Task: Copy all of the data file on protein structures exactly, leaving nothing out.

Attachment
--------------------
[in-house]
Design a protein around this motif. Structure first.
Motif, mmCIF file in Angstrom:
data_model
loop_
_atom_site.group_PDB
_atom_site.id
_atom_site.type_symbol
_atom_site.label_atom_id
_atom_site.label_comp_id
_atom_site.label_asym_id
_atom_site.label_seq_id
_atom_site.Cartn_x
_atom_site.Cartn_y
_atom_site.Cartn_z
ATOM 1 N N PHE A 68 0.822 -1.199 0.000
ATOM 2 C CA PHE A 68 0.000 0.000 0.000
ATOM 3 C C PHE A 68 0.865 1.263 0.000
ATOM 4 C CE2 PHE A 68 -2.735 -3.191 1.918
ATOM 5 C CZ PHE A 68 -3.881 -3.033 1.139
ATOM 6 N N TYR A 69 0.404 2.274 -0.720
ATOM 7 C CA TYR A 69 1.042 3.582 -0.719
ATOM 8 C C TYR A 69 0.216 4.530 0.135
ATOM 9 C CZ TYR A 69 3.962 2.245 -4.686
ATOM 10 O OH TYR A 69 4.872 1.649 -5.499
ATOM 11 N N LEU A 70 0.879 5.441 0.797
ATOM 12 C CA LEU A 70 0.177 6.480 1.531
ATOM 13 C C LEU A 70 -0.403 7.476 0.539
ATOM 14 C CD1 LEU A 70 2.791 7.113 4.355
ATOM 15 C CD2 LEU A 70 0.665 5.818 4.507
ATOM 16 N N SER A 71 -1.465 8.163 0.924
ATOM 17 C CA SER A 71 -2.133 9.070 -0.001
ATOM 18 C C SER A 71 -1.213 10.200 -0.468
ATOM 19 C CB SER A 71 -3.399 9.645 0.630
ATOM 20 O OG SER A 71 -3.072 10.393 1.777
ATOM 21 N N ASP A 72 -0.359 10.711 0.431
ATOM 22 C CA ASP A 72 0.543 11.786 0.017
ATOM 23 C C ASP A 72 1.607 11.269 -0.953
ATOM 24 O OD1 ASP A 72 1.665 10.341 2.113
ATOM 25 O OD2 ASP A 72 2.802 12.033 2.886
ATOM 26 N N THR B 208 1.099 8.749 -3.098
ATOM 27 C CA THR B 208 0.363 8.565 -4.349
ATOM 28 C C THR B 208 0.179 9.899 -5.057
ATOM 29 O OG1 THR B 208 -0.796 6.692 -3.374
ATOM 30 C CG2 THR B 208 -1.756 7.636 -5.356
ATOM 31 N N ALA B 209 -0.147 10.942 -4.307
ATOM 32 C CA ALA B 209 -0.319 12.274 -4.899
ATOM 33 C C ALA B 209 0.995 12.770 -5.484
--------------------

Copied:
[in-house]
Design a protein around this motif. Structure first.
Motif, mmCIF file in Angstrom:
data_model
loop_
_atom_site.group_PDB
_atom_site.id
_atom_site.type_symbol
_atom_site.label_atom_id
_atom_site.label_comp_id
_atom_site.label_asym_id
_atom_site.label_seq_id
_atom_site.Cartn_x
_atom_site.Cartn_y
_atom_site.Cartn_z
ATOM 1 N N PHE A 68 0.822 -1.199 0.000
ATOM 2 C CA PHE A 68 0.000 0.000 0.000
ATOM 3 C C PHE A 68 0.865 1.263 0.000
ATOM 4 C CE2 PHE A 68 -2.735 -3.191 1.918
ATOM 5 C CZ PHE A 68 -3.881 -3.033 1.139
ATOM 6 N N TYR A 69 0.404 2.274 -0.720
ATOM 7 C CA TYR A 69 1.042 3.582 -0.719
ATOM 8 C C TYR A 69 0.216 4.530 0.135
ATOM 9 C CZ TYR A 69 3.962 2.245 -4.686
ATOM 10 O OH TYR A 69 4.872 1.649 -5.499
ATOM 11 N N LEU A 70 0.879 5.441 0.797
ATOM 12 C CA LEU A 70 0.177 6.480 1.531
ATOM 13 C C LEU A 70 -0.403 7.476 0.539
ATOM 14 C CD1 LEU A 70 2.791 7.113 4.355
ATOM 15 C CD2 LEU A 70 0.665 5.818 4.507
ATOM 16 N N SER A 71 -1.465 8.163 0.924
ATOM 17 C CA SER A 71 -2.133 9.070 -0.001
ATOM 18 C C SER A 71 -1.213 10.200 -0.468
ATOM 19 C CB SER A 71 -3.399 9.645 0.630
ATOM 20 O OG SER A 71 -3.072 10.393 1.777
ATOM 21 N N ASP A 72 -0.359 10.711 0.431
ATOM 22 C CA ASP A 72 0.543 11.786 0.017
ATOM 23 C C ASP A 72 1.607 11.269 -0.953
ATOM 24 O OD1 ASP A 72 1.665 10.341 2.113
ATOM 25 O OD2 ASP A 72 2.802 12.033 2.886
ATOM 26 N N THR B 208 1.099 8.749 -3.098
ATOM 27 C CA THR B 208 0.363 8.565 -4.349
ATOM 28 C C THR B 208 0.179 9.899 -5.057
ATOM 29 O OG1 THR B 208 -0.796 6.692 -3.374
ATOM 30 C CG2 THR B 208 -1.756 7.636 -5.356
ATOM 31 N N ALA B 209 -0.147 10.942 -4.307
ATOM 32 C CA ALA B 209 -0.319 12.274 -4.899
ATOM 33 C C ALA B 209 0.995 12.770 -5.484